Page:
– He defends workers right to organize (so long as owners have the right to argue against it).

Noam Chomsky: Rights that are enforced by state police power, as you’ve already mentioned.
There are huge differences between workers and owners. Owners can fire and intimidate workers, not conversely. just for starters. Putting them on a par is effectively supporting the rule of owners over workers, with the support of state power — itself largely under owner control, given concentration of resources.

Why A Woman President Would Ruin America

Dr. Michael J. Bisconti, who currently has 8 doctorates (I can has diploma mill?), gives us 12 perfectly sane reasons why a female president would be bad for America:

REASON #1
God has commanded that women shall NOT lead nations. This commandment of God is found in the Holy Scriptures, the Bible, the Word of God.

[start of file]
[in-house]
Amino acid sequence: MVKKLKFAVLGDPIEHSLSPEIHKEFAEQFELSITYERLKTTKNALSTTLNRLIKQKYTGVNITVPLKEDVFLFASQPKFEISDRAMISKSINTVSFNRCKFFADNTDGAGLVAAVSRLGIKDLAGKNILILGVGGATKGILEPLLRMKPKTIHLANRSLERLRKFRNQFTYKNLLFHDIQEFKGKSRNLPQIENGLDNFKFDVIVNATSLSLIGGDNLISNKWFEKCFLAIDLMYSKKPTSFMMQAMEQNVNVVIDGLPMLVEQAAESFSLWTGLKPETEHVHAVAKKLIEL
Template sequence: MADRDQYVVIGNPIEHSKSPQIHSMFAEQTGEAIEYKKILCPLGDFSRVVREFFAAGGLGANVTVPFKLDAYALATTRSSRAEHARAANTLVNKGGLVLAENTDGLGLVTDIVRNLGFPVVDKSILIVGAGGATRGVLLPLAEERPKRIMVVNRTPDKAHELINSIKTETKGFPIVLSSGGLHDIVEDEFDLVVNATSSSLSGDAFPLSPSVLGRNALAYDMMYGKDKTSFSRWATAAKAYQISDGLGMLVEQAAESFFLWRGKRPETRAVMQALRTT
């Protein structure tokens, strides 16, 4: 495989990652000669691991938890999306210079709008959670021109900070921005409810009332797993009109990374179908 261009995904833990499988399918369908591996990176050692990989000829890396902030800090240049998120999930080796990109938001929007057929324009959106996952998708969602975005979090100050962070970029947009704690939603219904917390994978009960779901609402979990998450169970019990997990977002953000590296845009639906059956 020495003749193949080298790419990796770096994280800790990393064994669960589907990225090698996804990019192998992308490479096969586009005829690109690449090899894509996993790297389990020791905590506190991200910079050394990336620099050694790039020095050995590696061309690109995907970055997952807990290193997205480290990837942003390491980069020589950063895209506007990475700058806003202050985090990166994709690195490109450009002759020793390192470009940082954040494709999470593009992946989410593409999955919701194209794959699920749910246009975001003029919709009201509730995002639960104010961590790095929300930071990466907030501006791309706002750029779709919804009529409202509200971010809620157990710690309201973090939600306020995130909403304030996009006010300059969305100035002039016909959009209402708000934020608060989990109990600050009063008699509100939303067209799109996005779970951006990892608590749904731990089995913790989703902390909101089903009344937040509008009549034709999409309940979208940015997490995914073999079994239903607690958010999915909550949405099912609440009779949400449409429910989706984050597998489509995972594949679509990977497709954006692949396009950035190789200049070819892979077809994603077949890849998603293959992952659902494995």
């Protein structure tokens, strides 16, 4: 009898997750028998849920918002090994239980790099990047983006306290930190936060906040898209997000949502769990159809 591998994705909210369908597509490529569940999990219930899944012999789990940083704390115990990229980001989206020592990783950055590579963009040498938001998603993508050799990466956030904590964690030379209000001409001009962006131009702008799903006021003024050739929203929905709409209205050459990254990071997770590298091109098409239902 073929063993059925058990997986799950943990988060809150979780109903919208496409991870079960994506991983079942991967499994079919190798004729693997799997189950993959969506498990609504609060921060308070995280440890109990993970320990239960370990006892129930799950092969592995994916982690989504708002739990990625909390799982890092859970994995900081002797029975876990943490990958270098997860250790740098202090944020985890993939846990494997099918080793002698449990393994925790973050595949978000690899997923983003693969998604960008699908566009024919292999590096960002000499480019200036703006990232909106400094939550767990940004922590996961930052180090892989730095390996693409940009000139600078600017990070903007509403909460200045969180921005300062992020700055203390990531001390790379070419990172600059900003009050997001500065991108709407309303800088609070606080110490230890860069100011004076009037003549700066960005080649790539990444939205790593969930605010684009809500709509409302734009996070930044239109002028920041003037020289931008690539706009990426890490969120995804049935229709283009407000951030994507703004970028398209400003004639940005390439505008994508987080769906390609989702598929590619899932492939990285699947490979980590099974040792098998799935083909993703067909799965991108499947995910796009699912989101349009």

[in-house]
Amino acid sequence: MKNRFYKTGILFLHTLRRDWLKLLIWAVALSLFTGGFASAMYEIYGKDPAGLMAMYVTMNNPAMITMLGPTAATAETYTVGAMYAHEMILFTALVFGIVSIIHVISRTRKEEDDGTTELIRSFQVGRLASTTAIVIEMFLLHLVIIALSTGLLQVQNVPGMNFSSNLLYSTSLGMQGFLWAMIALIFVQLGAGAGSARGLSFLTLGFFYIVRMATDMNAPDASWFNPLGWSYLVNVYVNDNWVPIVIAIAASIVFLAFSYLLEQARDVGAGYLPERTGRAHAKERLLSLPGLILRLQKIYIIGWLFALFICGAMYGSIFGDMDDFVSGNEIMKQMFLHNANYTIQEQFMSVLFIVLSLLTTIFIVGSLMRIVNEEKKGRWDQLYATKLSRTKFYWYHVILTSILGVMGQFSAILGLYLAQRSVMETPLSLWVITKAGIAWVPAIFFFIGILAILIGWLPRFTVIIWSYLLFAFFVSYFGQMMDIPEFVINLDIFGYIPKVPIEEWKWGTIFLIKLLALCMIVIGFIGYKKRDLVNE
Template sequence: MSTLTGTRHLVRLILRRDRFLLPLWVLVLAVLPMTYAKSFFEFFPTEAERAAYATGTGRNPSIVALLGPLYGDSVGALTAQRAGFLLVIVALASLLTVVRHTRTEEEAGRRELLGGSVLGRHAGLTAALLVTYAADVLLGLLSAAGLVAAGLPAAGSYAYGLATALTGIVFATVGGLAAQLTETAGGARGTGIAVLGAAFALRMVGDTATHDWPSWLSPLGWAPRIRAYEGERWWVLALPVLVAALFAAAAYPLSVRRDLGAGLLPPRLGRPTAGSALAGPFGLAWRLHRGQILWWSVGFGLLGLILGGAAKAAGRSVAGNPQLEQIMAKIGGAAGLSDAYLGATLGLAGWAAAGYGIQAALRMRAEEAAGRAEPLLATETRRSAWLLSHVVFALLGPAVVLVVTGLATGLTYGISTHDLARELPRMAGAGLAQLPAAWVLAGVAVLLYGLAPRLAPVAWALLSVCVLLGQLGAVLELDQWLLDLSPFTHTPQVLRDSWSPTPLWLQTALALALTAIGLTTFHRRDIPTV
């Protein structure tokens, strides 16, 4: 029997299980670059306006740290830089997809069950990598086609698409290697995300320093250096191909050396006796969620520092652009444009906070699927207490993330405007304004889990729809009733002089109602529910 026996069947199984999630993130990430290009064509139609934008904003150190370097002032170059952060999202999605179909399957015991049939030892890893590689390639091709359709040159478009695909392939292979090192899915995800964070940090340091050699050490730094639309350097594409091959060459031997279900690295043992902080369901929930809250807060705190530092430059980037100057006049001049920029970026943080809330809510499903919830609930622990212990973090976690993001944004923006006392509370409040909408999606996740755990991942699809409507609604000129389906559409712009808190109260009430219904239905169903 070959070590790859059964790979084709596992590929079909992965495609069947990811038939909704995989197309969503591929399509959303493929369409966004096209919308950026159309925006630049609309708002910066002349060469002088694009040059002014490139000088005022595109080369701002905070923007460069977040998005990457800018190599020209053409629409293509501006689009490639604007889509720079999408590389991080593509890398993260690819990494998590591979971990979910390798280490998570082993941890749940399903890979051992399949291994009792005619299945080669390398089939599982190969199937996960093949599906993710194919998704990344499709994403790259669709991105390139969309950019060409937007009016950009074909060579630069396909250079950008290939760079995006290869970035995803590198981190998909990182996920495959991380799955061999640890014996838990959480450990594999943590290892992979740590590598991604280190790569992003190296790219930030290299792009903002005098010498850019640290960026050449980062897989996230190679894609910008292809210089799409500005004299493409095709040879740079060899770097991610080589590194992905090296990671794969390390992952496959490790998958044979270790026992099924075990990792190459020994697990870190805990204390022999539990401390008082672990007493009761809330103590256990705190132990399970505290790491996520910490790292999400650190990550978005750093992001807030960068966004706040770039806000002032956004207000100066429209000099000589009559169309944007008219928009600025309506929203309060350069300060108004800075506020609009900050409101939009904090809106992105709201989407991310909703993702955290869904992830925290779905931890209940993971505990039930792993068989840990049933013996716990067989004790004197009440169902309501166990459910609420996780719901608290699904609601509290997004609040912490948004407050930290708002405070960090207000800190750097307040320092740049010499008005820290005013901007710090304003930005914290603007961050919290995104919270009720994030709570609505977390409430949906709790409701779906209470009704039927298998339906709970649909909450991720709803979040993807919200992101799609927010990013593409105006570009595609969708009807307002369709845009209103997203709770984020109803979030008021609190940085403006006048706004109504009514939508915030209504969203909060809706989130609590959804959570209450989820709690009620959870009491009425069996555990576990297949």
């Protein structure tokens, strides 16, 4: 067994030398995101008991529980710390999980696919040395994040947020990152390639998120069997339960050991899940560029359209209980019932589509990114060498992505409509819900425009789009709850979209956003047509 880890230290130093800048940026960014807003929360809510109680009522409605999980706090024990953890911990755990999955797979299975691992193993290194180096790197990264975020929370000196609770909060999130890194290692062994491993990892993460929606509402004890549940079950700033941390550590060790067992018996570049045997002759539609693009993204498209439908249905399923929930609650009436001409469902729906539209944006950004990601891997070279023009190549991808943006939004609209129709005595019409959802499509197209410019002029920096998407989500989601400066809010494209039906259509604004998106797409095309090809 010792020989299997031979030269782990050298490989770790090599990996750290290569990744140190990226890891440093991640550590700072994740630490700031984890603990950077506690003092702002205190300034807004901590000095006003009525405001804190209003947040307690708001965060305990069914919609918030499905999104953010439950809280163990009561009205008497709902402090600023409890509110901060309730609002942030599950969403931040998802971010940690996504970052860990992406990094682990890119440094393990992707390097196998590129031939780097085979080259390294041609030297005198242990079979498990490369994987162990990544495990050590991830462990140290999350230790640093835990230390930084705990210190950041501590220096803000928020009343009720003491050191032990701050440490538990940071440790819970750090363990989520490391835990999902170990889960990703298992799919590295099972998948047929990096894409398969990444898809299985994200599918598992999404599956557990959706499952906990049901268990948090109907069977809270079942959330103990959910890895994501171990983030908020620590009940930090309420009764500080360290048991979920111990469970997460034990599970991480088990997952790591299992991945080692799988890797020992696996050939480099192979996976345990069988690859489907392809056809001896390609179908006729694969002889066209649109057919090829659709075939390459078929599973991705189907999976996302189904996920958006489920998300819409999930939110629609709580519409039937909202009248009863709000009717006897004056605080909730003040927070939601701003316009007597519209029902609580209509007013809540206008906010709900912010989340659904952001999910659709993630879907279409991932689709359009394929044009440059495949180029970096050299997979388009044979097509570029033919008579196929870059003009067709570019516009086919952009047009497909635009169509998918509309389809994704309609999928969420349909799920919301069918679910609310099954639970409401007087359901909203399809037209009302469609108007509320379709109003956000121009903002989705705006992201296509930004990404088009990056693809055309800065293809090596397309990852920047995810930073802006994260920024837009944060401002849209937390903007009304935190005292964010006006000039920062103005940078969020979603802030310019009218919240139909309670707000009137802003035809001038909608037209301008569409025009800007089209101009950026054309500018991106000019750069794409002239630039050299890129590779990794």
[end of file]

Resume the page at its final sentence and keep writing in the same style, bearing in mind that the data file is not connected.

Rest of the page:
REASON #2
God has commanded that women shall NOT lead men. In leading nations, women would be leading men. Therefore, women cannot lead nations. The commandment of God that women shall NOT lead men is found in the Holy Scriptures, the Bible, the Word of God.

REASON #4

Women are more likely to make wrong decisions than men. This truth is stated in the Bible and proven by history.

REASON #10
A woman would be incapacitated more than 3% of the time because of natural, physiological events. What if this happened during a time of national crisis such as the “9/11 Attack”?

From J-Walk who also found another article with illustrations by Doc Bisconti on “How To Tell if You Act Like a Slut:

Huckabee Claimed Jesus ‘On The Cross’ Supported The Death Penalty

From Think Progress:

But in 1997, Huckabee claimed that Jesus would have agreed with him on supporting the death penalty. Shortly before a triple execution in Arkansas in Jan. 1997, a caller called into Huckabee’s show on Arkansas Educational Television Network and asking how he squared his Christian teachings with his support for the death penalty. As the Arkansas Times reported on Jan. 22, 1997: